Have you ever brought an awesome proposal to your boss – one that would make your work easier, the company more efficient and bring in more clients – only to have it REJECTED? You are convinced it’s a winning idea, so you present it again. You lay out all the data, explain the principles behind the changes and believe the chief “gets it.” And again, you are REJECTED. You’re disappointed, but you try again. Should you now be surprised when he throws you out of his office, saying, “Stop wasting your time and get back to your job. No means NO!”
Our Parsha opens by telling us that Yitzchak and Rivka were extremely persistent people: “Vaye’etar Yitzchok lenochach ishtoh“, “Yitzchok entreated Hashem opposite his wife” (Toldos 25:21). The word vaye’etar is rare, so Rashi defines it: Yitzchak and Rivka kept imploring Hashem, over and over, to grant them a child. This seems to border on being disrespectful and insolent: why keep asking after Hashem has clearly said “NO!”?
Let’s be honest. This question doesn’t just apply to Yitzchak and Rivka. It applies to the tefillos (prayers) of each and every one of us. We daven three times a day and repeat the same requests over and over- perhaps for a sick person, perhaps for a marriage partner, or perhaps for one’s livelihood. Why is it okay to ask for the same things over and over; shouldn’t we just make our requests and trust that Hashem has heard them and will do as He wills? I believe the following story (from With All Your Heart by Rabbi Binyomin Pruzansky) will help us understand.
There was a young boy named Dovi who had difficulty keeping up with his class. Dovi tried hard, but his mind would constantly wander; he simply could not follow the reading and discussions. When Dovi’s class started learning Gemara, he was completely lost. To make matters worse, the boys in his class teased and made fun of him. Finally, the day came when he told his mother he just could not go to school. After much cajoling, Dovi reluctantly went back to school, continuing to suffer.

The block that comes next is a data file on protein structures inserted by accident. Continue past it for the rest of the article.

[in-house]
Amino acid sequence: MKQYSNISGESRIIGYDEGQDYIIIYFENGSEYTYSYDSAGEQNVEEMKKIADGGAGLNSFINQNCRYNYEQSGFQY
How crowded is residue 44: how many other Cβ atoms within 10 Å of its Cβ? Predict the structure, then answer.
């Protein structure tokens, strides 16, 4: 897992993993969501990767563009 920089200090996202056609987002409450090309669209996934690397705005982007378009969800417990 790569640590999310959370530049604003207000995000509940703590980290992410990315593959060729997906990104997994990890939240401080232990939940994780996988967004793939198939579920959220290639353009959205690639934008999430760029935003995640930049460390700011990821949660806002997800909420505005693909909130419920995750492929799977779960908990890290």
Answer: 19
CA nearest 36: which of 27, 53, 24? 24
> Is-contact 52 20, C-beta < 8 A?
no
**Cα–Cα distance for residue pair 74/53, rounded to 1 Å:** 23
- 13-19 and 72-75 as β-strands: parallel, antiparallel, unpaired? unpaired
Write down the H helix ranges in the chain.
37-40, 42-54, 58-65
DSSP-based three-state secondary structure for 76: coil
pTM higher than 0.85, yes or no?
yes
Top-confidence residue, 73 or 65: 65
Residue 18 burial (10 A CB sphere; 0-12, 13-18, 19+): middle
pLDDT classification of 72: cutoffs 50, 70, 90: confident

One day, the Rebbe asked a question and Dovi uncharacteristically raised his hand to answer. The Rebbe called on him, jumping at the opportunity to build Dovi’s confidence. To everyone’s surprise, Dovi gave the correct answer. The next day, his Rebbe noted that Dovi followed along in the Gemara for most of the class. He was steadily improving. The Rebbe was very pleasantly surprised and he called Dovi’s mother to ask what had led to this wonderful transformation.
The mother told him, “A few weeks ago, the situation was so bad that Dovi refused to go to school. On that Erev Shabbos, I called Dovi over and suggested that since candle lighting time is an opportune time to daven for Hashem’s help and I was about to light candles, we should daven together that he will merit from Hashem to see the light of Torah in his learning. We davened and cried together. We did this for a few weeks and, with Hashem’s help, it worked!”
The Gemara in Yevamos 64 explains that the sole reason Hashem created both Yitzchak and Rivka biologically unable to have children, is that Hashem desires the tefillos of the righteous. Rav Shimshon Pincus zt” l explains there is a big difference between asking a person for something and requesting something from Hashem. A person who considers a request and says “no” usually means no. However, when Hashem does not answer our tefillos for something that is essentially good for us, it’s not because Hashem wants to deny our request. Rather, it’s to prompt us to ask again. . Hashem wants us to pray to Him and get close to Him, so when we get what we prayed for, we realize that it came from Hashem.
Rav Pincus learns a novel idea from this. The term “masmid” is generally used for someone who sits and studies Torah at every opportunity, with diligence and without interruptions. From the Rashi defining Vaye’etar, we now learn of a new type of “masmid“: a “masmid” in tefilla!
Hashem does not get annoyed at such a masmid. On the contrary, this is what He wants, that every one of us should be turned to Him at all moments for all of our needs, asking and asking. Our very first request, even before the beginning of Shemoneh Esrei, is: “Hashem sefosai tiftach…” – Hashem, open my lips. – Hashem, give me the ability to turn to you and pray to you.
Hashem’s door is always open. His appointment book is never full. We just have to ask and if it’s really important, to keep asking.